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Unemployment rate 6.9%: Industry admits, retaining employees becoming tough

By Mahesh Trivedi*
India may be the world’s fastest-growing major economy, but the link between growth and job creation is clearly weakening. According to expert estimates, the current growth rate of 7% is only leading to just 1% improvement in employment. Indeed, the view has gone strong, if the Government of India (GoI) fails to create opportunities for the young workforce hunting for decent jobs, Prime Minister Narendra Modi’s re-election dream may be smashed to smithereens and the economy’s current pace of expansion would be stonewalled.
Not without reason, India’s 30-million-odd frustrated job-hunters appear to be fretting and fuming over the GoI’s failure to provide employment.
On November 8, the opposition Congress Party held nationwide protests, marking the second anniversary of demonetization, which many of these youths feel, left them bruised and battered.Earlier, 10,000 angry, educated members of the Democratic Youth Federation of India (DYFI) from different states, marched to Parliament to express their anxiety about their future and disappointment with the betrayal of promises made by the prime minister in 2014.
Addressing the youth, DYFI leader Preethy Shekhar told the angry youth that the Modi government in its slew of tall promises had launched ambitious projects in their name, but these had fallen flat. Projects like Skill India and Make-in-India had failed to produce even half the amount of targeted jobs shattering especially women job-seekers’ dreams.
Studies revealed that the unemployment rate in the country has risen to 6.9%, the highest in two years, and the count of the jobless men and women actively looking for job almost doubled to 29.5 million last month from a low of 14 million in July last year.
According to the Centre for Monitoring Indian Economy, the labour participation rate – a measure of the proportion of adults willing to work – fell to 42.4%, the lowest since January 2016, but Prime Minister Narendra Modi kept shouting from rooftops about a “fourth industrial revolution”, saying it will change the nature of jobs and provide more opportunities.
After taking up the reins of the country, the Modi administration had promised 20 million new jobs every year, meaning 90 million jobs by now after four and a half years, but the data released by his government shows that only 600,000 new jobs have been created.
The plight of on-the-breadline job-seekers could be gauged from the fact that as many as 992 PhD scholars, 23,000 M Phil holders, 2,50,000 post-graduates and 800,000 graduates were among the two million applicants for exams conducted earlier this year by the Tamil Nadu Public Service Commission to fill 9,500 posts of typists, village administrative officers and stenographers, not to forget the 28 millions who applied for 90,000 jobs in the Indian Railways not long ago.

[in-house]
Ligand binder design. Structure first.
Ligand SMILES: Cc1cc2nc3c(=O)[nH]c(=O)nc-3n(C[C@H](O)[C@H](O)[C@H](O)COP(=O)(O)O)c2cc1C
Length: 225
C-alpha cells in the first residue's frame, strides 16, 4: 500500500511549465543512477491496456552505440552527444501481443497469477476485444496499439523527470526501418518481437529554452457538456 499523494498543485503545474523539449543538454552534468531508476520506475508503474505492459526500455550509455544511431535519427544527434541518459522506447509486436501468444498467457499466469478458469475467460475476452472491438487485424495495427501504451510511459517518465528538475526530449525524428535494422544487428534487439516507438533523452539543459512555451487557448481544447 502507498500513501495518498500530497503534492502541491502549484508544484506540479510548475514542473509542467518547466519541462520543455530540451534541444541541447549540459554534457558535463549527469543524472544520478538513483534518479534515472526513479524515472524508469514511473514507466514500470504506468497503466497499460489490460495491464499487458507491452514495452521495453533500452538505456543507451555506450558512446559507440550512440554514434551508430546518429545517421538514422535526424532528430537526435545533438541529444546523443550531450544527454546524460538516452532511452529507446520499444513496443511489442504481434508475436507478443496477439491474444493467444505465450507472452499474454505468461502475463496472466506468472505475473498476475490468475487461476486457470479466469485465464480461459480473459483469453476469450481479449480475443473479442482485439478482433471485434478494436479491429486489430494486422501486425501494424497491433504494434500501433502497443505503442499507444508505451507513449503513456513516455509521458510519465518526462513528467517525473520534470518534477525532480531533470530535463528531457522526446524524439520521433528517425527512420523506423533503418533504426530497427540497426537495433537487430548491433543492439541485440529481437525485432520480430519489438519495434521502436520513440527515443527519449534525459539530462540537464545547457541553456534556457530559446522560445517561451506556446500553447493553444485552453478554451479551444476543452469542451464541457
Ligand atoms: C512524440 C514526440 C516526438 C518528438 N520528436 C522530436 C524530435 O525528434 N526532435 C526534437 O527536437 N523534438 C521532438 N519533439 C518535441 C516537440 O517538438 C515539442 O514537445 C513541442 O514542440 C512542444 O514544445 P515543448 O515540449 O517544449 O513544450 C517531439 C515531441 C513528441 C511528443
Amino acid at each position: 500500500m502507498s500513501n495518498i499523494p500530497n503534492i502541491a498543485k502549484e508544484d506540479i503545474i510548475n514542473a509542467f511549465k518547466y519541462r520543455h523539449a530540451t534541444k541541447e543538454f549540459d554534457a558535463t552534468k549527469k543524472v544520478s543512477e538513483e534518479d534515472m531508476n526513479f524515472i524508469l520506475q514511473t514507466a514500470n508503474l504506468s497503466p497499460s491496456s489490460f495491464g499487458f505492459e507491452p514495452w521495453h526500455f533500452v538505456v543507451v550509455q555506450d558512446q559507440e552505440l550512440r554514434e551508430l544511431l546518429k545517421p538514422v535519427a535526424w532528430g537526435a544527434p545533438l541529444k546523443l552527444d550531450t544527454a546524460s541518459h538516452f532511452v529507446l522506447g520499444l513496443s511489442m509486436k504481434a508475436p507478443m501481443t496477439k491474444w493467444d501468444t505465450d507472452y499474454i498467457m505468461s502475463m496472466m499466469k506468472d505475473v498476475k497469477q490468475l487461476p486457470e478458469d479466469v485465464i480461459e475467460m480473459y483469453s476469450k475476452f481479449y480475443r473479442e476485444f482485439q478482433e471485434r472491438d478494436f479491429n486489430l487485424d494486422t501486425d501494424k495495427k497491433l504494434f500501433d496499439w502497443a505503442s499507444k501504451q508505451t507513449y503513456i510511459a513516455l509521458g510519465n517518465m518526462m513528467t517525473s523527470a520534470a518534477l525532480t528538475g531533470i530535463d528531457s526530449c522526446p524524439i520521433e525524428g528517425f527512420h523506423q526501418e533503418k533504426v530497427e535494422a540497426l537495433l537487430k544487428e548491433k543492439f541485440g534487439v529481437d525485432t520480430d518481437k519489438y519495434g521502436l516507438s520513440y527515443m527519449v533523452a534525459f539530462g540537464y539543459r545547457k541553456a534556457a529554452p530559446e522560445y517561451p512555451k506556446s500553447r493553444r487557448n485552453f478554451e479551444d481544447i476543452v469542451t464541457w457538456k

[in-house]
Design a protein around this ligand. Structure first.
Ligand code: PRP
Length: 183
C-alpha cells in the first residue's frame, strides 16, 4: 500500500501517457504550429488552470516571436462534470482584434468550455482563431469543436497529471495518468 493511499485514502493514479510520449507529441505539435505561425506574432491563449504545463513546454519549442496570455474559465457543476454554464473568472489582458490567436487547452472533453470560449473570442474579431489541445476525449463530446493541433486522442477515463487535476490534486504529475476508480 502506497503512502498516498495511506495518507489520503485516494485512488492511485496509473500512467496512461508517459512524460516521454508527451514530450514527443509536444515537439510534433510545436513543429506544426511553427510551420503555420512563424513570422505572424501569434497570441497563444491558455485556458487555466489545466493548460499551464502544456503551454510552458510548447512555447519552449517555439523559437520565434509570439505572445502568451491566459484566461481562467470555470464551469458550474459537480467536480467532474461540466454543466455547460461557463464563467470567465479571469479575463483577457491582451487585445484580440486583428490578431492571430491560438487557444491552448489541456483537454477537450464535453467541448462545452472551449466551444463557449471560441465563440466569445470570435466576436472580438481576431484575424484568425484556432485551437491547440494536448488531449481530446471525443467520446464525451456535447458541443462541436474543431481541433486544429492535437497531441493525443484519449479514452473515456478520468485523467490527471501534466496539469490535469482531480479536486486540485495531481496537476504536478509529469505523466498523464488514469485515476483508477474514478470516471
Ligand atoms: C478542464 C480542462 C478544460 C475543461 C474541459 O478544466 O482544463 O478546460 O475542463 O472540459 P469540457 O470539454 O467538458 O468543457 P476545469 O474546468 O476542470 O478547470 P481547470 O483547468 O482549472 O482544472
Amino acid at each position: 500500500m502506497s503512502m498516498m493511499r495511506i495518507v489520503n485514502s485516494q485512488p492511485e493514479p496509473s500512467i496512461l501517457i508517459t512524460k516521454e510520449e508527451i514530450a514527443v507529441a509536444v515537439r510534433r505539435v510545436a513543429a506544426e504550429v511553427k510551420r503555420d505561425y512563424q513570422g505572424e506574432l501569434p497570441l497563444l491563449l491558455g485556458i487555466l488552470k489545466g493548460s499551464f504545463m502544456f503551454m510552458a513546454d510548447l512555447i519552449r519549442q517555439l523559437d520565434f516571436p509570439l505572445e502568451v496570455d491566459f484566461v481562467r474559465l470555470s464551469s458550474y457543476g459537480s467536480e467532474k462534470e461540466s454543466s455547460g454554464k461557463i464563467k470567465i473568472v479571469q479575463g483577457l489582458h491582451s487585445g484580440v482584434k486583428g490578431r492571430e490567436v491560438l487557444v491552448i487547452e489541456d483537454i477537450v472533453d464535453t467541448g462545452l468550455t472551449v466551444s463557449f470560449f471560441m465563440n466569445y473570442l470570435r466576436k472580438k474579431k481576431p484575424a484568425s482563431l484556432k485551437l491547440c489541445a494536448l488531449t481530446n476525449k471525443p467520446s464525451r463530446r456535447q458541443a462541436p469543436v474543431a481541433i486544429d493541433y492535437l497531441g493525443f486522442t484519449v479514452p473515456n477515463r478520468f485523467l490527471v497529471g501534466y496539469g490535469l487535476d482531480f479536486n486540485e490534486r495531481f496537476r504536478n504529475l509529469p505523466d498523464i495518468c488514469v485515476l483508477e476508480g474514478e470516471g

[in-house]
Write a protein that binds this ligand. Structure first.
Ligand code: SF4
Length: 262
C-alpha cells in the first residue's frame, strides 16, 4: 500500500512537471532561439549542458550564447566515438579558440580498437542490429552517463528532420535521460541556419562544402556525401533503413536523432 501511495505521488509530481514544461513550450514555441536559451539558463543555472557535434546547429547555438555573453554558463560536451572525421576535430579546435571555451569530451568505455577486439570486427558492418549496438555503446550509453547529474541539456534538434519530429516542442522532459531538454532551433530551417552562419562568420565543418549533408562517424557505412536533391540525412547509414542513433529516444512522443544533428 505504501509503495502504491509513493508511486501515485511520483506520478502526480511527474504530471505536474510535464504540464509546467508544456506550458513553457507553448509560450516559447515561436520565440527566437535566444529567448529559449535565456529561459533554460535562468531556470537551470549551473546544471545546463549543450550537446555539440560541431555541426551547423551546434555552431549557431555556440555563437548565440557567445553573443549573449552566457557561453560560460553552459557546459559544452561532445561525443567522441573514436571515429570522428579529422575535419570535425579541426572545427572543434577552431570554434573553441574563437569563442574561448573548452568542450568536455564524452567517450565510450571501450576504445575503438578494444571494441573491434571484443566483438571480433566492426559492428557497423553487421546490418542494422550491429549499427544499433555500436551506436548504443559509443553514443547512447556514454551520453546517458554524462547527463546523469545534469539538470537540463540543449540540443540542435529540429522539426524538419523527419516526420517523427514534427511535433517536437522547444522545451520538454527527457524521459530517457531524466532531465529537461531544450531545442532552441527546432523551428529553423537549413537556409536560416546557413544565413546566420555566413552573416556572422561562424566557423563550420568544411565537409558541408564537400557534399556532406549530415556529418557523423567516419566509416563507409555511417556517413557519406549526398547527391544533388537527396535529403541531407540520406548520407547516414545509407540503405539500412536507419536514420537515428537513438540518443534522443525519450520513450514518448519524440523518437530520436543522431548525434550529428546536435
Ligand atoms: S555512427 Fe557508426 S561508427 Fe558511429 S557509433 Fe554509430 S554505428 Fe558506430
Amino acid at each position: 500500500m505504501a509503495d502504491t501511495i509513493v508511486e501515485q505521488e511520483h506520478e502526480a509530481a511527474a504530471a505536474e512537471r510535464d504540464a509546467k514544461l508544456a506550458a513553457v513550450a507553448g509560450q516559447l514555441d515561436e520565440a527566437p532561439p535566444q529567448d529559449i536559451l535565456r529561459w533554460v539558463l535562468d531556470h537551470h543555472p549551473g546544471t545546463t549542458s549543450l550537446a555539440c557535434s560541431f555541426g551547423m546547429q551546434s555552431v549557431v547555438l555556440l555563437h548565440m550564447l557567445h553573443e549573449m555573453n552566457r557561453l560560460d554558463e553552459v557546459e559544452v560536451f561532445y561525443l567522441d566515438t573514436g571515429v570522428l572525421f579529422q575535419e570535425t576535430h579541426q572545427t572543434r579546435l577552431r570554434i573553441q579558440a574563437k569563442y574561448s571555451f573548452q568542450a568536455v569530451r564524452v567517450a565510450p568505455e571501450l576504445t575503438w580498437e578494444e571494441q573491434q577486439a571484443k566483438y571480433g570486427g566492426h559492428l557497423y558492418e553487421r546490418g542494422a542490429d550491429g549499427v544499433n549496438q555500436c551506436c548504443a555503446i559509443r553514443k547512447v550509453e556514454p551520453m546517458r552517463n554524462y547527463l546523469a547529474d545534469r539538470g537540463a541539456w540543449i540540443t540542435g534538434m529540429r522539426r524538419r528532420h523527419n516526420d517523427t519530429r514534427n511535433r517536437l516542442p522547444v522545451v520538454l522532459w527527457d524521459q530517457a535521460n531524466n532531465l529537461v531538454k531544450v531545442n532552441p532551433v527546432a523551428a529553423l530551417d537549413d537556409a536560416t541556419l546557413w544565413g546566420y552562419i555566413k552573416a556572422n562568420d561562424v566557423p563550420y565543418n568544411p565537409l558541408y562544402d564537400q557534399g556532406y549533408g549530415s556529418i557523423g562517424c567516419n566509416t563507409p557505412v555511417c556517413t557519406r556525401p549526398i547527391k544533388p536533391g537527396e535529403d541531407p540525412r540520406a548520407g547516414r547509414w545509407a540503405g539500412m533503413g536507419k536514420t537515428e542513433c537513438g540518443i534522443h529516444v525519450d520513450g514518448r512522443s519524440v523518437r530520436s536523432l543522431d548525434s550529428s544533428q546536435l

An Azim Premji University study found that the unemployment rate among the highly educated youth in India is as high as 16%, and after demonetization and goods and services tax (GST), the small and medium industries in the country had collapsed with an estimated job loss of 2.4 million, with export rates falling by 24%.
In Modi’s own home state of Gujarat, six million people are running from pillar to post for decent jobs and some 3,000 youths have committed suicide in the past 17 years, including the 13-year Modi rule, after they lost their job or were sacked from their cash-strapped workplaces.
While former president of the Gujarat Chamber of Commerce and Industry Bipin Patel said that sectors like textile and diamond were crippling, and even retaining existing employees was becoming tough, Gujarat Congress spokesman Manish Doshi said the state government was making hollows claims about employment and blasted its fixed-wage policy.
With the government not stirring a finger to rehabilitate them in the Valley, even Kashmiri Pandits leading an exiled life for the past 29 years are seething with anger after 250 of their marchers demanding the promised 6,000 jobs for displaced youths were beaten black and blue and hauled up by the police in Udhampur district last fortnight.
Mahesh Trivedi
If out-of-work youngsters in Odisha have been demonstrating in front of government offices and accusing ministers of swindling huge money in the name of organizing job fairs, the government of Modi’s Bharatiya Janata Party in Rajasthan, which boasts a huge 53 percent youth population, is also under fire for failure of its ambitious skill development programs and for providing jobs to only 12,854 youths out of the 860,000 available-for-hire citizens registered in employment exchanges.
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*Senior Ahmrdabad-based journalist

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